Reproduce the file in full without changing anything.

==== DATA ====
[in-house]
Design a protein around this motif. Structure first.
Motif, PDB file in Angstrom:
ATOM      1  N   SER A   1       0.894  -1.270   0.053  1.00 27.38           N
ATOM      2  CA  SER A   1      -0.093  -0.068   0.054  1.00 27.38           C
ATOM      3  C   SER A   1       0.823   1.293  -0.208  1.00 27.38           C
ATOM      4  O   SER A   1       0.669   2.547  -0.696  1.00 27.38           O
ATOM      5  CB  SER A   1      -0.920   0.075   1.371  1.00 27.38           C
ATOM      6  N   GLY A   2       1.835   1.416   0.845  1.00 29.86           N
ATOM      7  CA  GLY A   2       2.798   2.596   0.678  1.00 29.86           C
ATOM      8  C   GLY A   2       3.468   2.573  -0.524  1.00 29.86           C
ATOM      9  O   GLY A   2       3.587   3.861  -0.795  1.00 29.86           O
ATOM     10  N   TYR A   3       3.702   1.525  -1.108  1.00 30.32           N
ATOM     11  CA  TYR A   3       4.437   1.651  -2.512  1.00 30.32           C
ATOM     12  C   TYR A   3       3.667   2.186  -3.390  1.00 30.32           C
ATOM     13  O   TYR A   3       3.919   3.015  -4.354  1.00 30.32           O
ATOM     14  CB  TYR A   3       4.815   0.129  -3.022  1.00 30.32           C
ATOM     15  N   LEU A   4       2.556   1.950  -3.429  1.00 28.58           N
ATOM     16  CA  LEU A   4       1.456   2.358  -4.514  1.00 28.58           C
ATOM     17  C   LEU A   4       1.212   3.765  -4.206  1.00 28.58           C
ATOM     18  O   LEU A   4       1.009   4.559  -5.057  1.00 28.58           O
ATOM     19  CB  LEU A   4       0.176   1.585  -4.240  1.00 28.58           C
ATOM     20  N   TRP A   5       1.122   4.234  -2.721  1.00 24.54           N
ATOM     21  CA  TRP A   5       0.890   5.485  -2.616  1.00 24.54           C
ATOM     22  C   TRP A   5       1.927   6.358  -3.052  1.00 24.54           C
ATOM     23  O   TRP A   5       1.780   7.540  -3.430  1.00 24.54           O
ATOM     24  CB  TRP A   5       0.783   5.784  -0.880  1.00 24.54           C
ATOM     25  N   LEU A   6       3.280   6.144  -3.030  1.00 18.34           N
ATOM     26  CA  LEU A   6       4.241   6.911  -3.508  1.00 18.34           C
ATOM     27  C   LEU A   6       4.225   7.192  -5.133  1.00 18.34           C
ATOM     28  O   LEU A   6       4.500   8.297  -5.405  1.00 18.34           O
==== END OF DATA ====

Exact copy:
[in-house]
Design a protein around this motif. Structure first.
Motif, PDB file in Angstrom:
ATOM      1  N   SER A   1       0.894  -1.270   0.053  1.00 27.38           N
ATOM      2  CA  SER A   1      -0.093  -0.068   0.054  1.00 27.38           C
ATOM      3  C   SER A   1       0.823   1.293  -0.208  1.00 27.38           C
ATOM      4  O   SER A   1       0.669   2.547  -0.696  1.00 27.38           O
ATOM      5  CB  SER A   1      -0.920   0.075   1.371  1.00 27.38           C
ATOM      6  N   GLY A   2       1.835   1.416   0.845  1.00 29.86           N
ATOM      7  CA  GLY A   2       2.798   2.596   0.678  1.00 29.86           C
ATOM      8  C   GLY A   2       3.468   2.573  -0.524  1.00 29.86           C
ATOM      9  O   GLY A   2       3.587   3.861  -0.795  1.00 29.86           O
ATOM     10  N   TYR A   3       3.702   1.525  -1.108  1.00 30.32           N
ATOM     11  CA  TYR A   3       4.437   1.651  -2.512  1.00 30.32           C
ATOM     12  C   TYR A   3       3.667   2.186  -3.390  1.00 30.32           C
ATOM     13  O   TYR A   3       3.919   3.015  -4.354  1.00 30.32           O
ATOM     14  CB  TYR A   3       4.815   0.129  -3.022  1.00 30.32           C
ATOM     15  N   LEU A   4       2.556   1.950  -3.429  1.00 28.58           N
ATOM     16  CA  LEU A   4       1.456   2.358  -4.514  1.00 28.58           C
ATOM     17  C   LEU A   4       1.212   3.765  -4.206  1.00 28.58           C
ATOM     18  O   LEU A   4       1.009   4.559  -5.057  1.00 28.58           O
ATOM     19  CB  LEU A   4       0.176   1.585  -4.240  1.00 28.58           C
ATOM     20  N   TRP A   5       1.122   4.234  -2.721  1.00 24.54           N
ATOM     21  CA  TRP A   5       0.890   5.485  -2.616  1.00 24.54           C
ATOM     22  C   TRP A   5       1.927   6.358  -3.052  1.00 24.54           C
ATOM     23  O   TRP A   5       1.780   7.540  -3.430  1.00 24.54           O
ATOM     24  CB  TRP A   5       0.783   5.784  -0.880  1.00 24.54           C
ATOM     25  N   LEU A   6       3.280   6.144  -3.030  1.00 18.34           N
ATOM     26  CA  LEU A   6       4.241   6.911  -3.508  1.00 18.34           C
ATOM     27  C   LEU A   6       4.225   7.192  -5.133  1.00 18.34           C
ATOM     28  O   LEU A   6       4.500   8.297  -5.405  1.00 18.34           O